I tried pulling an Oracle every morning. I found my quiet mind, prayed to Apollo, and then pulled a disk. I would write it down, interpret it as best I could, and then use it message to guide my day. This worked really well at first because I was just starting to work with the Greek Alphabet Oracle, and so it both helped me begin learning them and gave my day a thought to focus it. However, with this method, I still ran into the time crunch issue. I slowly moved away from doing this in the morning because I was just pulling a disk, writing down the name, but then having to run out the door and I wouldn’t get around to interpreting it. I moved it to the evening, but by that time, the purpose I’d had for pulling it (as daily guidance) wasn’t as meaningful, because the day was already mostly over. So this attempt at a daily devotion phased out.

    As we had recently moved, right around when school was starting was when we began unpacking boxes in earnest. I began slowly building my altar downstairs in the living room. It had always been in my bedroom before. Moving it into the living room helped with the brief morning meditation a little bit. Because I was already downstairs getting ready for school, I was able to actually spend a few moments at my altar each morning before leaving. This is something that, at least in part, has continued to be a part of my morning routine. I greet the Gods in the morning, sometimes lighting a candle (I stopped doing this because I would forget to blow it out), and making a small morning offering. It is brief enough, and takes place where I already am, that I have been able to keep up with my “morning greeting.”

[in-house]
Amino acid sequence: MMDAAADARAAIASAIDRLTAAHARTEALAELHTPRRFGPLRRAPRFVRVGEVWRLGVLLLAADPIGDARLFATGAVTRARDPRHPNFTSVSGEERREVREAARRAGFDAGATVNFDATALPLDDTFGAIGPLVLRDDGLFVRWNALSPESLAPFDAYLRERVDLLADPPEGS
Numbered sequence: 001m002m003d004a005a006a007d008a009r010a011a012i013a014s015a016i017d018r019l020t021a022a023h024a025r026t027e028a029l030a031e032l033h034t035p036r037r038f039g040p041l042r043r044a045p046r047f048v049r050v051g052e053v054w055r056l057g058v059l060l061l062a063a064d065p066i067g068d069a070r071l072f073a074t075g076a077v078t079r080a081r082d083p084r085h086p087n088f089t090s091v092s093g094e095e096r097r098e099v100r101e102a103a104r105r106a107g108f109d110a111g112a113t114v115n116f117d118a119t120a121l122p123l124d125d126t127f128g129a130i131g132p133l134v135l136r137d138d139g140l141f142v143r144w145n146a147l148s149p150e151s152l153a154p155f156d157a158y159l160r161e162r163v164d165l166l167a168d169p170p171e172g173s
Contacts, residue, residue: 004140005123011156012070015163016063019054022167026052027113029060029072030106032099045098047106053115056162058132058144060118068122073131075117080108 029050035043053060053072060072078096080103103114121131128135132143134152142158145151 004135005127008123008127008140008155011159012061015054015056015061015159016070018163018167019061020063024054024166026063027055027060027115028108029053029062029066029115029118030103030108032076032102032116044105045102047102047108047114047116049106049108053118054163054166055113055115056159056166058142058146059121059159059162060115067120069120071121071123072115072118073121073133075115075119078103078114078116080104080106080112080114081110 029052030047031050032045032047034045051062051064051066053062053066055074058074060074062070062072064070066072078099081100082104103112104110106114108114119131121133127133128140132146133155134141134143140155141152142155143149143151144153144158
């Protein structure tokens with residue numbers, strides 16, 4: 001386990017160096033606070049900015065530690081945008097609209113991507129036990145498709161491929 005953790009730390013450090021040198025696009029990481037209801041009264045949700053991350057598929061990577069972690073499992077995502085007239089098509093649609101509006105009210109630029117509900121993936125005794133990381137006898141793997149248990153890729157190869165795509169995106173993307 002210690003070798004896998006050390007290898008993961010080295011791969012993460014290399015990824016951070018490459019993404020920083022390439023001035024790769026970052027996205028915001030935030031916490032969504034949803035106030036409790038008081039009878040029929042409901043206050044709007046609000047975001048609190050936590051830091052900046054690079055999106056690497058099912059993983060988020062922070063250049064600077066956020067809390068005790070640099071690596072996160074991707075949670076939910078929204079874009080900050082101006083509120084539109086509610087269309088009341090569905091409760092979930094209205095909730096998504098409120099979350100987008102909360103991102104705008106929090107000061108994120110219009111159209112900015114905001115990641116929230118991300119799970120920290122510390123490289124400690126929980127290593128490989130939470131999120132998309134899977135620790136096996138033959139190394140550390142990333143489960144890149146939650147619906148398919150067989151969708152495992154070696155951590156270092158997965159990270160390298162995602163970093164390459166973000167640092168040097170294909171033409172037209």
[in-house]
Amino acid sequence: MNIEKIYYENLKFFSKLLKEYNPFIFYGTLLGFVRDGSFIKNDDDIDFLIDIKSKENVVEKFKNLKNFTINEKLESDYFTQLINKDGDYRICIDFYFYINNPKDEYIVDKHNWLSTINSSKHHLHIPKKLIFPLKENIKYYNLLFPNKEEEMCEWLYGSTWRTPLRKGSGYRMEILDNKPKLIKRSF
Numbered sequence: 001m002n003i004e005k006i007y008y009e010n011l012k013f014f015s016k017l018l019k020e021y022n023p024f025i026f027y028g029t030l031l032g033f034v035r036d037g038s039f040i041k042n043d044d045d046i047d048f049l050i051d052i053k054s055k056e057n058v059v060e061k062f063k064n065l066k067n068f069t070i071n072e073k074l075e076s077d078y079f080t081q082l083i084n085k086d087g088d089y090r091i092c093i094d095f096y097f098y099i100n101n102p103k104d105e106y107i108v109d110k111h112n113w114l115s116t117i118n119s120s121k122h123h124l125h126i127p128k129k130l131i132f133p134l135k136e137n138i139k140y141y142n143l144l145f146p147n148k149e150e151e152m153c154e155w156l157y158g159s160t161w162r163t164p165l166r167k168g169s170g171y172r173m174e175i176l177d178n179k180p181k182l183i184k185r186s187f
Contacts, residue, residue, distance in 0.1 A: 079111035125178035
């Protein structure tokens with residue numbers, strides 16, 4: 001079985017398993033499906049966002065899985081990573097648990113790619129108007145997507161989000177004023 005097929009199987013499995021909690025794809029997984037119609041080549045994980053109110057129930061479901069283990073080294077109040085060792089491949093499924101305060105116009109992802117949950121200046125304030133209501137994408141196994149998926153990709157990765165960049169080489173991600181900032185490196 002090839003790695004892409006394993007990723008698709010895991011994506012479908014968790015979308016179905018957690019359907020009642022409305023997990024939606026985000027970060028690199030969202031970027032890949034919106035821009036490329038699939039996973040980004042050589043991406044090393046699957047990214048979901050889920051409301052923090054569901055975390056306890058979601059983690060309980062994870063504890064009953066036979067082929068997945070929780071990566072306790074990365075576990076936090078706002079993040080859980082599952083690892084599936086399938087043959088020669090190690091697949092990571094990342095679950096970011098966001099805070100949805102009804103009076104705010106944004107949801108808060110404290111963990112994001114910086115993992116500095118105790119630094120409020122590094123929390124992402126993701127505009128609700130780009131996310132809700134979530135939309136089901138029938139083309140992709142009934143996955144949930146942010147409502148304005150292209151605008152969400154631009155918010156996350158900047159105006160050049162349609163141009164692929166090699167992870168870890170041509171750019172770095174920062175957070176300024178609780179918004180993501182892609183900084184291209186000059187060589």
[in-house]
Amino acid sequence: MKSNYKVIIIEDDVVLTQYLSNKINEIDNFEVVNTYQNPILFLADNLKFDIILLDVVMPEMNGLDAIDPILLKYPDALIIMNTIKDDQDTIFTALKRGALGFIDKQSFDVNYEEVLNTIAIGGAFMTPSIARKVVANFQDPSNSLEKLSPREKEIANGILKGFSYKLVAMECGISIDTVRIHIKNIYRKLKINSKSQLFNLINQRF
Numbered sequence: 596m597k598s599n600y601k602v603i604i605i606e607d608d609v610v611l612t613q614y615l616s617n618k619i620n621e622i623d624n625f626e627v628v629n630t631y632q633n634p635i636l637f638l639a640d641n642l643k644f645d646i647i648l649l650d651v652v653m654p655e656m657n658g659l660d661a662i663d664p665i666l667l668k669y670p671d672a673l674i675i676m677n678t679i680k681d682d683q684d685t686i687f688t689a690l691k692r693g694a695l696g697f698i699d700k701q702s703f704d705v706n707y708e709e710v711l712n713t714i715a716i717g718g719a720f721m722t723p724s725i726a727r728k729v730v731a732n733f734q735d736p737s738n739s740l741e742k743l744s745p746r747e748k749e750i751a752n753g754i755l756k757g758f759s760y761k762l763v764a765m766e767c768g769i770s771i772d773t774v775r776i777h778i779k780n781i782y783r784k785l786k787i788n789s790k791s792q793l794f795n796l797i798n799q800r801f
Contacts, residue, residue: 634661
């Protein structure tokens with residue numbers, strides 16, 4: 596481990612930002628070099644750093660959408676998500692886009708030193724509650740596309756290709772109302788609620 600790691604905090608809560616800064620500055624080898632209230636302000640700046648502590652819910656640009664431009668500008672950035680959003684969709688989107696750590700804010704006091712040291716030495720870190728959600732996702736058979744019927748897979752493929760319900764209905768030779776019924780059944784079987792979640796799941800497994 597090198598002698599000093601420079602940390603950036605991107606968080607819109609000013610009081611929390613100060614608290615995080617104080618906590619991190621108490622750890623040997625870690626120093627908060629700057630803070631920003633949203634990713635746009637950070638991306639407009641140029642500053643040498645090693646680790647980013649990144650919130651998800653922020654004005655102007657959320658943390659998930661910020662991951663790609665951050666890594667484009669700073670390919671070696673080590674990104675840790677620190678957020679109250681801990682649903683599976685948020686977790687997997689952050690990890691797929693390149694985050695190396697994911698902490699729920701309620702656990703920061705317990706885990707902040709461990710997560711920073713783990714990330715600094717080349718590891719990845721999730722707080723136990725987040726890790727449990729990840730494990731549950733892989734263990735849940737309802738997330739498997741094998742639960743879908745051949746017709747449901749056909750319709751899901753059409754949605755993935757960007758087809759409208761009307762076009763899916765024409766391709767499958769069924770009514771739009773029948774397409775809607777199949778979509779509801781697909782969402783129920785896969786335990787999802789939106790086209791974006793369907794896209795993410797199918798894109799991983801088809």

The other form of morning greeting that I got in the habit of doing around November is what I like to call “car devotionals.” I have a 30-minute drive to work directly east that is almost always completely uneventful. The reason I began this type of morning prayer was because at that time of the year I got to see the sunrise every morning, driving directly into it. I was inspired to just speak directly from the heart about what I feeling and seeing. Bright and Beautiful Eos, Goddess of the Dawn, is who I most often call on those morning drives, but there have been many gods who have given me words for them. These car devotionals have been absolutely constant. Even now when I no longer see the sunrise every morning, I’m in the habit of delivering some words every morning to the gods, and so I’ve been able to keep up with it. That 30-minute drive, without the radio, is my time in the morning to calm, center, find guidance for the day, and offer praise to the deities of my heart.